A cycling advocacy group is urging bicyclists to map their rides with a popular fitness app so that city planners in Ottawa and Gatineau can absorb the data and use it to design future bike infrastructure.
Both cities have entered into a contract with Strava Metro, which collects and analyzes the GPS data accumulated by users of their free Strava app.
"It started out as an athletic fitness tracking diary, but it's actually turned out to have a really neat secondary function, which is to look at where people are travelling in cities," said Heather Shearer, a spokesperson for Citizens for Safe Cycling.
"We can tell where people want to travel. We can also tell how far out of their way they're going from point A to point B."
Cyclists who have a smartphone equipped with a GPS device can upload their public trips to Strava, which then anonymously provides the data to cities that are part of their network.
The cities of Ottawa and Gatineau have both signed up for two years' worth of Strava data, according to the City of Ottawa.
The data will be used to "help calibrate our cycling network models and provide insights into routes [and] trip distances" as expansions to the local cycling network are considered, said Zlatko Krstulic, senior project manager with the city's transportation branch, in an email last year.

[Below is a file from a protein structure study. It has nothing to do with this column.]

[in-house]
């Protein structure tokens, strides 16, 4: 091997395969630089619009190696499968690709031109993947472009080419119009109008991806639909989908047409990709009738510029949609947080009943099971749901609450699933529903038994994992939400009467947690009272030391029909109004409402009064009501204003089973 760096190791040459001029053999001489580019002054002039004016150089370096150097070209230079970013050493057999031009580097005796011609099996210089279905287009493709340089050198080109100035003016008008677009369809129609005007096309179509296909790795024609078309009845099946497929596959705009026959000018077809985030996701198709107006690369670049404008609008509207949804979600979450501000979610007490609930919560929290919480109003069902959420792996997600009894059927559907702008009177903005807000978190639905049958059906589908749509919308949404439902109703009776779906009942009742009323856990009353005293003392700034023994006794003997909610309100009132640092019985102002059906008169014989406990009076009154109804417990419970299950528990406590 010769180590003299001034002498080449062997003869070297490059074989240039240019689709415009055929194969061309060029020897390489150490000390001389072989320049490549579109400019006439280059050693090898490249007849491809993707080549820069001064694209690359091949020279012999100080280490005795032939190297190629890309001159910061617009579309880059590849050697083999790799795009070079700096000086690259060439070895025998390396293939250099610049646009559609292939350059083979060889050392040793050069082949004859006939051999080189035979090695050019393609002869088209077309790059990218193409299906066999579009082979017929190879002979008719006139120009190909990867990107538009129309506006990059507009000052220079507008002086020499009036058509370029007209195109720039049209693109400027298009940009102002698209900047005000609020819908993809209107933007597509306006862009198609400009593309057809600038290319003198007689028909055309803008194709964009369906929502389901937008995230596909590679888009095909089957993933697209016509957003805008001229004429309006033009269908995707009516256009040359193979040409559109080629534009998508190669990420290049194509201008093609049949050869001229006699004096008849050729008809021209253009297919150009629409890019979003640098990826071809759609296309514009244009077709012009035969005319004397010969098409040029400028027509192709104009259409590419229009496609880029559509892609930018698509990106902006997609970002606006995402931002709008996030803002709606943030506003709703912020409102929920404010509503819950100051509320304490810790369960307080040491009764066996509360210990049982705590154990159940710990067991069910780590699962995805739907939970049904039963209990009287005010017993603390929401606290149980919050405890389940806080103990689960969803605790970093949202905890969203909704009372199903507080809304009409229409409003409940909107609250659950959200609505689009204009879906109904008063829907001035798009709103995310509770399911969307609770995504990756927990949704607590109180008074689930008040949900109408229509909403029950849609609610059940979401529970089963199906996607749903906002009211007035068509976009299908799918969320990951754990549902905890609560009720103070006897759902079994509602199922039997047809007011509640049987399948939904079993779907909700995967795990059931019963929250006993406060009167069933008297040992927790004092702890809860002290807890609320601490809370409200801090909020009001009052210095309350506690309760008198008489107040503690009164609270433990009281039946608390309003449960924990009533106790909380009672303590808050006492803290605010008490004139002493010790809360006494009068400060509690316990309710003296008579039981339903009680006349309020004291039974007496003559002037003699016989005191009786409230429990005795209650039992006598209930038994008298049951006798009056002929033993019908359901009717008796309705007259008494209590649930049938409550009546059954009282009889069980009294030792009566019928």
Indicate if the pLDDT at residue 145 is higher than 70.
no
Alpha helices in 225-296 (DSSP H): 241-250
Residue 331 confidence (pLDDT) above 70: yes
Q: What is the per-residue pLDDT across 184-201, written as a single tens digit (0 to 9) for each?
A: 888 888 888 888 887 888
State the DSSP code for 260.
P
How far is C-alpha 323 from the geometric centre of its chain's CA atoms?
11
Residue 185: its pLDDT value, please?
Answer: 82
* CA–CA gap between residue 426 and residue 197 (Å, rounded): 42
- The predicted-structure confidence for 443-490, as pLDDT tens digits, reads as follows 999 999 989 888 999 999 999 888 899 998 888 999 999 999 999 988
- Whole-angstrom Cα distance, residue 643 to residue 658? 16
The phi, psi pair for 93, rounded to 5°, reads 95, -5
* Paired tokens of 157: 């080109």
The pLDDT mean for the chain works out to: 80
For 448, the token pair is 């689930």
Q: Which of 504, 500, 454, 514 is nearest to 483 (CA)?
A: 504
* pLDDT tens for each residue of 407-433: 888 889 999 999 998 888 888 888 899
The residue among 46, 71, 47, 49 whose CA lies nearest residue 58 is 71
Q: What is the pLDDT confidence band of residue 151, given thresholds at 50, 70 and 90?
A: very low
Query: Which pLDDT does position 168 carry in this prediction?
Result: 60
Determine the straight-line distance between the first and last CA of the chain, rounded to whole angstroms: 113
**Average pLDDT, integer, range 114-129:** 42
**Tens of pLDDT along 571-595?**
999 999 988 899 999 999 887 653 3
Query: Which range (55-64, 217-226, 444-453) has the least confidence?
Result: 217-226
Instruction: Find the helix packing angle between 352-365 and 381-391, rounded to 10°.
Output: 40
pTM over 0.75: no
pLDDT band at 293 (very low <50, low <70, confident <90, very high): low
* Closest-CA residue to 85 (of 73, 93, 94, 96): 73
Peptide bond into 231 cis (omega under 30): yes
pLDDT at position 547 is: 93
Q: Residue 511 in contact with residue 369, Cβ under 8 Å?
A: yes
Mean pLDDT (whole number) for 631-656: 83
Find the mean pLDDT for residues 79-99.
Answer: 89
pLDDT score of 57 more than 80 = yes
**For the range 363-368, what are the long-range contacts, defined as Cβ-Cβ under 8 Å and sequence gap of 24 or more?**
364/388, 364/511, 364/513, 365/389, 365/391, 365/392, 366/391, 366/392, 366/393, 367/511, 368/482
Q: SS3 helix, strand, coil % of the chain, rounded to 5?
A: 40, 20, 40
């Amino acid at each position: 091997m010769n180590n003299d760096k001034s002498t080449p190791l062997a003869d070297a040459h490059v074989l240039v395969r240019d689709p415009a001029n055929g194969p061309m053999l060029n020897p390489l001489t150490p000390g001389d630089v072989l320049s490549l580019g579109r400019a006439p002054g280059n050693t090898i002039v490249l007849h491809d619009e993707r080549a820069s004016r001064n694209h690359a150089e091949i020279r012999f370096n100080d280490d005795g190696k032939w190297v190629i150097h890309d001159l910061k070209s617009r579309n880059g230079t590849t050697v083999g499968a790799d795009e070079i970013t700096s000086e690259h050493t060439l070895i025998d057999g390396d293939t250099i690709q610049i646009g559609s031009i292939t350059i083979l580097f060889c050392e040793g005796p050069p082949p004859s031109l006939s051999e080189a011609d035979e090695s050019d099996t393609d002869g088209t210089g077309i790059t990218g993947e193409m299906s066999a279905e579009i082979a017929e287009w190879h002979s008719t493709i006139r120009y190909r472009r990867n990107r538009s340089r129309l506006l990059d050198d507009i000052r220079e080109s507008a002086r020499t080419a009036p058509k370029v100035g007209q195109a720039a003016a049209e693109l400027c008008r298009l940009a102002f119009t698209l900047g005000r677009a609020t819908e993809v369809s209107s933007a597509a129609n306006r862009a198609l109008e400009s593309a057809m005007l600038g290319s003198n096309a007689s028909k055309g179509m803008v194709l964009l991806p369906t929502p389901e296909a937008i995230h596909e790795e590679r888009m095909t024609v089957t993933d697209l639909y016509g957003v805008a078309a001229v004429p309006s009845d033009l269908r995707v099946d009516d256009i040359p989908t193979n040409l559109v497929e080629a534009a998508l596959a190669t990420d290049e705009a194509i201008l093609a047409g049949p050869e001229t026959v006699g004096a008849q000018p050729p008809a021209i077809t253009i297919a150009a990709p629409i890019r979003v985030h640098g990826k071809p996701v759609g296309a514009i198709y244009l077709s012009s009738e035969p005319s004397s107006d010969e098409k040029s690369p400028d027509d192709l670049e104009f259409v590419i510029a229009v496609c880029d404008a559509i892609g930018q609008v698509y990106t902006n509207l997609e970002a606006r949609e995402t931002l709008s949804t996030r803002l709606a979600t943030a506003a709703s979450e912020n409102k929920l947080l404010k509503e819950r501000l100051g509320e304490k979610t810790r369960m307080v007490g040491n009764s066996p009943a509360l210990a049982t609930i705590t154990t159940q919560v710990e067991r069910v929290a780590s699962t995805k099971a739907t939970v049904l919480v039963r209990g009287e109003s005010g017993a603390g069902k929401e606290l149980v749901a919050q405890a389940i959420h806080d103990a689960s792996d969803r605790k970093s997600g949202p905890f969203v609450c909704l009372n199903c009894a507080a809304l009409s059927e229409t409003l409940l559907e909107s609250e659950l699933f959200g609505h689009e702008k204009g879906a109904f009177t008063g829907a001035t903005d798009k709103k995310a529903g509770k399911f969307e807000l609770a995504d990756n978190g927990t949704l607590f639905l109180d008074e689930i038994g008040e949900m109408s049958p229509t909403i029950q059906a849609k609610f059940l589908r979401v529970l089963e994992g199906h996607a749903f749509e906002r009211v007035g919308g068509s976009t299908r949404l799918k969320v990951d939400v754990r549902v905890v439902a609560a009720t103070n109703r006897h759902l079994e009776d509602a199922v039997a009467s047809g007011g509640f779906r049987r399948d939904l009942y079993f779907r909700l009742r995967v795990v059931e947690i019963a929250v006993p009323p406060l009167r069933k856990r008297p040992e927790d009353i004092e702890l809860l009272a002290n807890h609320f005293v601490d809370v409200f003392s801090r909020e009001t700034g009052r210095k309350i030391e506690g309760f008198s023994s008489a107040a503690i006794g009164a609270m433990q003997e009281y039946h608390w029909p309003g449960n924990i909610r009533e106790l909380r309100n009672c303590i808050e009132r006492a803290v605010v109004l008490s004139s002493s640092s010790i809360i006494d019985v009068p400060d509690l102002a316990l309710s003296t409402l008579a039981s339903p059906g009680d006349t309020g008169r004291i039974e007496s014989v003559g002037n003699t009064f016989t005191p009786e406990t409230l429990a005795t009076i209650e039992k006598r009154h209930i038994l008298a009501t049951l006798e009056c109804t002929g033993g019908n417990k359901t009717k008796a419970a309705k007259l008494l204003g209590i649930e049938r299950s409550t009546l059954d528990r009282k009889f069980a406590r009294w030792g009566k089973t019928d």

"Depending on how useful this data set proves to be, this or a similar data-gathering mobile application may become an integral part of future travel behaviour surveys undertaken by the city approximately every five years," Krstulic said.
According to the terms of the agreement, the data set cannot be made public, Krstulic added.
'Mundane, everyday trips'
While Strava and apps like it have been embraced by hardcore fitness junkies, Citizens for Safe Cycling wants regular commuters to use it to map their journeys to the library, the grocery store and other "mundane, everyday trips," Shearer said.
Mapping those trips will give planners a better idea of how cyclists — and pedestrians — interact with the urban environment, especially outside of the downtown where cycling counters already exist, Shearer told Ottawa Morning's Hallie Cotnam.
She said its usage will also remind city officials that people don't just use cars to get around.
"It's a great way for us to say there are people out there walking and riding, and they need to be kept in mind."